29 Comments (+add yours?)

  1. wisdomandlife
    Sep 30, 2011 @ 08:51:24

    Hi Stuart:
    Couldn’t agree more w/this column. We all have something we’re good at, something that was passed to us when we incarnated. I find it horrible when as children we are told:
    –We’re not good enough
    –How are you going to make a living doing that?
    Oh you can’t do that for a living.

    How does anyone but yourself know what’s good for you?
    If you’re told from a young age that you can’t do something it’s going to get ingrained. What if you could have been the next Stephen King, the next Rembrandt, the next Ansel Adams and someone said you weren’t good enough?

    We should be lifting our young artists up.



  2. Martha Orlando
    Sep 30, 2011 @ 09:42:45

    Never, never tell a child he or she is not good enough. I was in education for years and I was very conscious about encouraging all my kids in their endeavors. If you allow a child to develop naturally, he or she will discover the talents within.
    Great post, Stuart!


    • bornstoryteller
      Sep 30, 2011 @ 09:55:52

      Martha, I wish that was the case all the time. But, I do feel that sometimes, when a teacher pulls another student up as a good example (in whatever way it may be done), that shuts down some of the others. I hate competitions simply because of that. The “I’m not good enough” syndrome.

      Thanks for being there for your students.


  3. Karen Pokras Toz
    Sep 30, 2011 @ 09:46:22

    Great post Stuart! Children are amazing – they are so full of creativity and talent – nothing should stand in their way. Thanks for being an advocate for keeping the arts in schools!


  4. KalpanaS
    Sep 30, 2011 @ 09:48:32

    ..and its never too late to let the ‘inner child’ express creativity!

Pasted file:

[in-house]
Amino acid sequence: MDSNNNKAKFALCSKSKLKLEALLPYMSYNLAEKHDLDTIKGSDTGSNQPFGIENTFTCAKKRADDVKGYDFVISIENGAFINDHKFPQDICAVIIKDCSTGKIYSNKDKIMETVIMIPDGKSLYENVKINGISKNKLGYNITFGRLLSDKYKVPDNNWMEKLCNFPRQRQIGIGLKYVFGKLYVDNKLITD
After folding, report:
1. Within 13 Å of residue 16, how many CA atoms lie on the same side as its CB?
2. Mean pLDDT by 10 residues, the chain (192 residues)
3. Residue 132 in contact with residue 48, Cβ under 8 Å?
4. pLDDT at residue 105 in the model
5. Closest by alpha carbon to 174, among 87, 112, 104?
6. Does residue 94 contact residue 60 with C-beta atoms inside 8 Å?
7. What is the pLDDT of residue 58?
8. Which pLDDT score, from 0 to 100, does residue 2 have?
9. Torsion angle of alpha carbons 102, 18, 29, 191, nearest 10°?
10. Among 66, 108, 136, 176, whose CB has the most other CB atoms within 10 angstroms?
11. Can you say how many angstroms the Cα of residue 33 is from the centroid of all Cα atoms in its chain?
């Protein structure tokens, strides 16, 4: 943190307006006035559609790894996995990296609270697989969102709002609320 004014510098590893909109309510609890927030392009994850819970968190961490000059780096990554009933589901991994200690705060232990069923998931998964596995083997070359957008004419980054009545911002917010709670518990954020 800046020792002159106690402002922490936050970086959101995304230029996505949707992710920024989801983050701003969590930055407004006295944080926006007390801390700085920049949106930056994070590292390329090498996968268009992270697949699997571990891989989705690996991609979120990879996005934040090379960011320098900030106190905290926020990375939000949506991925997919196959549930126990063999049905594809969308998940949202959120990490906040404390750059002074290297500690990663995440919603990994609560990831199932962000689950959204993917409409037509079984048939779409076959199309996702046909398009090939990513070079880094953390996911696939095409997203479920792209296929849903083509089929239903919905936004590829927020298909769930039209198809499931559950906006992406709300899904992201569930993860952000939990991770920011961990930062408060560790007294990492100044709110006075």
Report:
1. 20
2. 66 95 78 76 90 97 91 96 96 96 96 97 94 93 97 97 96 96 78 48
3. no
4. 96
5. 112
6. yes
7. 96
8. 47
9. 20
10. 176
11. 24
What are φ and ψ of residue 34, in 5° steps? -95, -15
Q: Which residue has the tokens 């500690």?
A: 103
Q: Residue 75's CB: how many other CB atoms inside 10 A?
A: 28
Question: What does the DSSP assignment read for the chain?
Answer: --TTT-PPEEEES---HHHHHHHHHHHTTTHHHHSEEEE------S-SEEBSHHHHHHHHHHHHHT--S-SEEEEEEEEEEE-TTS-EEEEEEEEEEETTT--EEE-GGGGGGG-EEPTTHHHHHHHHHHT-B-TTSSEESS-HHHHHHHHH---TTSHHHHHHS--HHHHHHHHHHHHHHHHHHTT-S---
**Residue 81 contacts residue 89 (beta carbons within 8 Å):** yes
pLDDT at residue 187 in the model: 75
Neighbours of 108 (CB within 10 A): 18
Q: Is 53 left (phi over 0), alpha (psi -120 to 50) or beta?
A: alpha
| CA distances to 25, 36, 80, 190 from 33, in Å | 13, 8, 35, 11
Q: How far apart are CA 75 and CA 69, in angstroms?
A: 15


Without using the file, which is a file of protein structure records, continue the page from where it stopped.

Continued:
5. mumuGB (@JSJ2020)
    Sep 30, 2011 @ 12:29:03

    I found my inner child later in life. I am not letting her go now!


  6. Thom Brown
    Sep 30, 2011 @ 13:08:45

    Somehow – in spite of twenty-one years of formal education, I never grew up. I grew older, but I never grew up. Thank goodness.


  7. Lisa (Woman Wielding Words)
    Sep 30, 2011 @ 13:43:42

    This is wonderful. I don’t know when children become their own worst critics, but I think it stems from the idea that there is a right and a wrong way to do everything, just as there are right and wrong answers on tests. It makes me sad, and I try hard when I work with people of any age to encourage exploration and to embrace their “mistakes” to find something wonderful. What’s even more frustrating for me is the fact that somehow being an artist is not perceived by adults as worthy, because otherwise why would adults fear it so? Meanwhile, providing artistic opportunities for people of all ages and abilities can open so many doors. I experienced a wonderful example of this recently which I’ve written about here, if you are interested http://lkramer14.wordpress.com/wp-admin/post.php?post=3168&action=edit


    • Lisa (Woman Wielding Words)
      Sep 30, 2011 @ 13:45:24


      • bornstoryteller
        Sep 30, 2011 @ 17:11:04

        Lisa..thank you so much for sharing the link.

        Yeah, fear is part of it. I also think it just doesn’t fit in some people’s heads. I had a…gentleman…argue the hell out of me on this posting on LinkedIN…and he is not just an opposite view point, but the part I dislike: all judgmental about what IS art. OY.

        I’m tired of people who want to argue just for the sake of arguing. Really, give it a rest.

        Thank you so much Lisa. I’m following your blog now.

      • Lisa (Woman Wielding Words)
        Sep 30, 2011 @ 17:36:16

        Thanks for that. I’ll go check out the discussion Linked In and add my two sense. πŸ˜‰